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Travel rule:
virtual assets emerging from the shadow

March 3, 2020 | Knowledgebase

Travel rule: virtual assets emerging from the shadow

In June 2019, the Financial Action Task Force (FATF) published its guidance for a risk-based approach to virtual assets and virtual asset service providers. This document recommended states to comply with the so-called "travel rule". The latter is already implemented in Switzerland. What does the new rule provide for, and what are the obligations for financial intermediaries? Answers are below.
A brief introduction to the FATF's activity

The FATF is an independent inter-governmental body that develops and promotes policies to protect the global financial system against money laundering, terrorist financing and the financing of proliferation of weapons of mass destruction. [1] It regularly publishes thematic guidelines which are recognized as a global standard in the financial sector. The FATF monitors the progress of its members in implementing necessary measures, reviews money laundering and terrorist financing techniques and counter-measures, and promotes the adoption and implementation of appropriate measures globally. [2]

FATF Guidance on virtual assets
Source: FATF Website
What is the travel rule?
The FATF, being worried that anonymity of virtual assets transactions may attract criminals who want to escape authorities' scrutiny, introduced the new order of how such operations have to be conducted. Travel rule is a conditional concept, and it originates from the Guidance for a Risk-Based Approach to Virtual Assets and Virtual Asset Service Providers, namely – from Recommendation 16.

The travel rule aims the virtual assets (VA) to emerge from the shadow. It prescribes that all transactions above USD/EUR 1,000 must be accompanied by identifying information – names, account numbers, etc. The rule obliges Virtual Asset Service Providers (VASP) to exchange information about their customers when transferring VAs. This innovation is similar to SWIFT technology in bank transfers. Additionally, each blockchain wallet should be checked against a complete set of AML risk assessment scenarios and their potential association with illegal activities. [3]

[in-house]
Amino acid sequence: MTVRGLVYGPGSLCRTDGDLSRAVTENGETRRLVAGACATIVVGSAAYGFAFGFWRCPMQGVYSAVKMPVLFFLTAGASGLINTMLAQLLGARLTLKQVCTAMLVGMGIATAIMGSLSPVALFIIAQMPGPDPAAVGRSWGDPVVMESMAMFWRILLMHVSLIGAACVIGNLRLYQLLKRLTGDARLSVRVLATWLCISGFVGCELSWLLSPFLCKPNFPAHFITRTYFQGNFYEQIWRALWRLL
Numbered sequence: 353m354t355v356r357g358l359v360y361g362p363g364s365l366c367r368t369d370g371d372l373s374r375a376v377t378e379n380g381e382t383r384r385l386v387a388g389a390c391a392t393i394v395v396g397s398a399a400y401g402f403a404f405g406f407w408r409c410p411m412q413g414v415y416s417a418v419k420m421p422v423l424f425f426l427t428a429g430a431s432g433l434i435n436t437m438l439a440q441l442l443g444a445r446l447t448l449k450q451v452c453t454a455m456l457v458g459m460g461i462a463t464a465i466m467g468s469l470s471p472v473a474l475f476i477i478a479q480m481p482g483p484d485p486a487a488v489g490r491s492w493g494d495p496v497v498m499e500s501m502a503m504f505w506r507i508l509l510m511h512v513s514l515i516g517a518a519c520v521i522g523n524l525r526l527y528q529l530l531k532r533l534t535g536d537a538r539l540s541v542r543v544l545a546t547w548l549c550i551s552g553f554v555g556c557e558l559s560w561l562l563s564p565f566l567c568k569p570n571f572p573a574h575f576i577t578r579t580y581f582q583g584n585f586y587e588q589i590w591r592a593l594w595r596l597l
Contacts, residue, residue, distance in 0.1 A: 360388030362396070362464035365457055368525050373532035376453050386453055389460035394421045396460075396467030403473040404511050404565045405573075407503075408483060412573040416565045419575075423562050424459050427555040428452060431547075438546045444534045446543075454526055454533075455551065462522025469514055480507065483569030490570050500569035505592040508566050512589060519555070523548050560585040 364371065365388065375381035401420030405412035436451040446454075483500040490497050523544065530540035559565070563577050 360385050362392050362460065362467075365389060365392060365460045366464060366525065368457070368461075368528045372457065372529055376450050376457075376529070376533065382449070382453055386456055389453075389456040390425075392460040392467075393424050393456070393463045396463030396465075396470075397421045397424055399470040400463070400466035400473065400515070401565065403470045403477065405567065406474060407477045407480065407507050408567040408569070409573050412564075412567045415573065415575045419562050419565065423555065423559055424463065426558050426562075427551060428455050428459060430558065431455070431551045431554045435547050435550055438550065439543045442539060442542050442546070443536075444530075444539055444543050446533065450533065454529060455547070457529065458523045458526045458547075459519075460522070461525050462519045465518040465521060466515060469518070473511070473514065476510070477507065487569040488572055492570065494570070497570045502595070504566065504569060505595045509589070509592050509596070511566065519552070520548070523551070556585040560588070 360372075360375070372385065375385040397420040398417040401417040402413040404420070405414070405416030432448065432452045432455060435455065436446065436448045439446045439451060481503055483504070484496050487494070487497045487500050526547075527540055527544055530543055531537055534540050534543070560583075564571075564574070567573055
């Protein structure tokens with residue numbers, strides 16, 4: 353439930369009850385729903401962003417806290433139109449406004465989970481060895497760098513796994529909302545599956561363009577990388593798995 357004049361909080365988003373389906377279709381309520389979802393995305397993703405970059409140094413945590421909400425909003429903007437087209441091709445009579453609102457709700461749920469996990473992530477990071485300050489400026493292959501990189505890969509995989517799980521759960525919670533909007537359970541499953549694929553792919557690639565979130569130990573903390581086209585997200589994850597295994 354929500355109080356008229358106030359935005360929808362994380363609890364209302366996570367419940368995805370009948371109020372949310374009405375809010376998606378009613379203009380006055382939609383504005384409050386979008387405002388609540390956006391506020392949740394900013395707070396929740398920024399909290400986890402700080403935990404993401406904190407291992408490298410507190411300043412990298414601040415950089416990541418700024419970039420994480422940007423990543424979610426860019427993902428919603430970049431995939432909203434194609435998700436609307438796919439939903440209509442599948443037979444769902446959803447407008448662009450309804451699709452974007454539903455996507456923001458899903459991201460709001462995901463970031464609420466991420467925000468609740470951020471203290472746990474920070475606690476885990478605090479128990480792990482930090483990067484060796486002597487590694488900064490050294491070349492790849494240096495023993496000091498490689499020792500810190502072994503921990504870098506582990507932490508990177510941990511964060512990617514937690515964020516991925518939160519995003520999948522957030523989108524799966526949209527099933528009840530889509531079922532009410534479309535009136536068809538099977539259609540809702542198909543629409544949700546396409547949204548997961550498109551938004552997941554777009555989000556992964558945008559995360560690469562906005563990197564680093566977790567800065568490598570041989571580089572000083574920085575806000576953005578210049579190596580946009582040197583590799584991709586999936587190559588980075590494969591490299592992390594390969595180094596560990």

Definition of VASP
VASPs cover a wide spectrum of individuals (natural persons) and legal entities which provide financial intermediary activity. These may be exchanges, wallet providers, financial services providers related to issuance/offer/sale of Virtual Assets and any other possible business models in that area. It is also essential to know, that not only transaction with fiat or digital currencies are considered as VASP operations, but safekeeping of the digital private keys is also considered as VASP activity. [3]
FATF Members
Source: FATF Website https://www.fatf-gafi.org/countries/#FATF
Which countries are obliged by travel rule?

In fact, it is up to each state whether to implement the rule and if yes – to what extent. The FATF is emphasizing that countries need to implement the measures, and soon in order to ensure transparency of virtual asset transactions and keep funds with links to crime and terrorism out of the crypto-sphere. [5]

Many countries are interested in being compliant with FATF's recommendations due to the principle "better regulation – more investment". For example, U.S. regulator FinCEN issued its version of the regulation pertaining to VASPs in May 2019, stating that firms had 180 days to get their houses in order. [6]

The EU's Fifth Anti-Money Laundering Directive came into force on 10 January 2020 and seems to mostly correspond to the FATF guidance. Besides, Japan, South Korea and Singapore have been exceptionally receptive to FATF recommendations. [7]
Switzerland's approach to the travel rule
Switzerland, being one of the world's financial hubs, needs to comply with high AML standards. Therefore, it has already implemented the travel rule, namely, in Art. 10 of the AML Ordinance. According to the latter, financial intermediary of the client specifies the name, account number and address of the client as well as the name and account number of the beneficiary in the case of payment orders. [5] Some experts highlight that FINMA's approach is even stricter than FATF's. For instance, FINMA does not allow VASP transaction to unregulated wallets and requires any transaction party to be verified. [3]

To reflect Switzerland's progress, the FATF has now re-rated the country on the Recommendation 16 - Wire transfers, from partially compliant to largely compliant. [8]
Wrap-up
To sum up, travel rule is a step forward to a safer digital environment. It provides benefits for all players. It is a chance for states to improve their investment climate, for VASPs to build more reliable and transparent business and for users to get better security.
Sources:
  1. FATF Guidance for a Risk-Based Approach to Virtual Assets and Virtual Asset Service Providers, June 2019, https://www.fatf-gafi.org/media/fatf/documents/rec...
  2. https://www.fatf-gafi.org/about/
  3. https://cvj.ch/english-articles/the-fatf-travel-ru...
  4. https://www.fatf-gafi.org/publications/virtualasse...(fatf_releasedate)
  5. Geldwäschereiverordnung-FINMA.
  6. https://www.coindesk.com/inside-the-standards-race...
  7. https://cointelegraph.com/news/governments-begin-t...
  8. https://www.fatf-gafi.org/publications/mutualevalu...

Legal disclaimer. This article does not constitute legal advice and does not establish an attorney-client relationship. The article should be used for informational purposes only.
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